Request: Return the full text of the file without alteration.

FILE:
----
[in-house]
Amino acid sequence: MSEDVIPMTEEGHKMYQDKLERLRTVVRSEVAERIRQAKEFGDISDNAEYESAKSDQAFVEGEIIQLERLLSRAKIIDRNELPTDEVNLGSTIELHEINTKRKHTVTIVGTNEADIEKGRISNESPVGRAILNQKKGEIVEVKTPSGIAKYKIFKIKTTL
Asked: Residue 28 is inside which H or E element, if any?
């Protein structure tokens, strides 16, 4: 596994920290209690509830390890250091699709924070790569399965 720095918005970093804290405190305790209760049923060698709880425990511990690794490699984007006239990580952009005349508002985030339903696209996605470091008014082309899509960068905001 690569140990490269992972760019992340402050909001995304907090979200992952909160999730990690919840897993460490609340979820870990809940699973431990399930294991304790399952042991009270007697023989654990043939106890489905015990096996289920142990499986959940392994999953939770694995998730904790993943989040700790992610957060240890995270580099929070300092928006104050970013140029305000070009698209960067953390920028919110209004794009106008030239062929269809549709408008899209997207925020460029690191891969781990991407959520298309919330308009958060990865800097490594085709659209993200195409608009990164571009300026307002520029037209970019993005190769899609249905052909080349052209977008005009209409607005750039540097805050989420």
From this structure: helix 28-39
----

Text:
[in-house]
Amino acid sequence: MSEDVIPMTEEGHKMYQDKLERLRTVVRSEVAERIRQAKEFGDISDNAEYESAKSDQAFVEGEIIQLERLLSRAKIIDRNELPTDEVNLGSTIELHEINTKRKHTVTIVGTNEADIEKGRISNESPVGRAILNQKKGEIVEVKTPSGIAKYKIFKIKTTL
Asked: Residue 28 is inside which H or E element, if any?
């Protein structure tokens, strides 16, 4: 596994920290209690509830390890250091699709924070790569399965 720095918005970093804290405190305790209760049923060698709880425990511990690794490699984007006239990580952009005349508002985030339903696209996605470091008014082309899509960068905001 690569140990490269992972760019992340402050909001995304907090979200992952909160999730990690919840897993460490609340979820870990809940699973431990399930294991304790399952042991009270007697023989654990043939106890489905015990096996289920142990499986959940392994999953939770694995998730904790993943989040700790992610957060240890995270580099929070300092928006104050970013140029305000070009698209960067953390920028919110209004794009106008030239062929269809549709408008899209997207925020460029690191891969781990991407959520298309919330308009958060990865800097490594085709659209993200195409608009990164571009300026307002520029037209970019993005190769899609249905052909080349052209977008005009209409607005750039540097805050989420």
From this structure: helix 28-39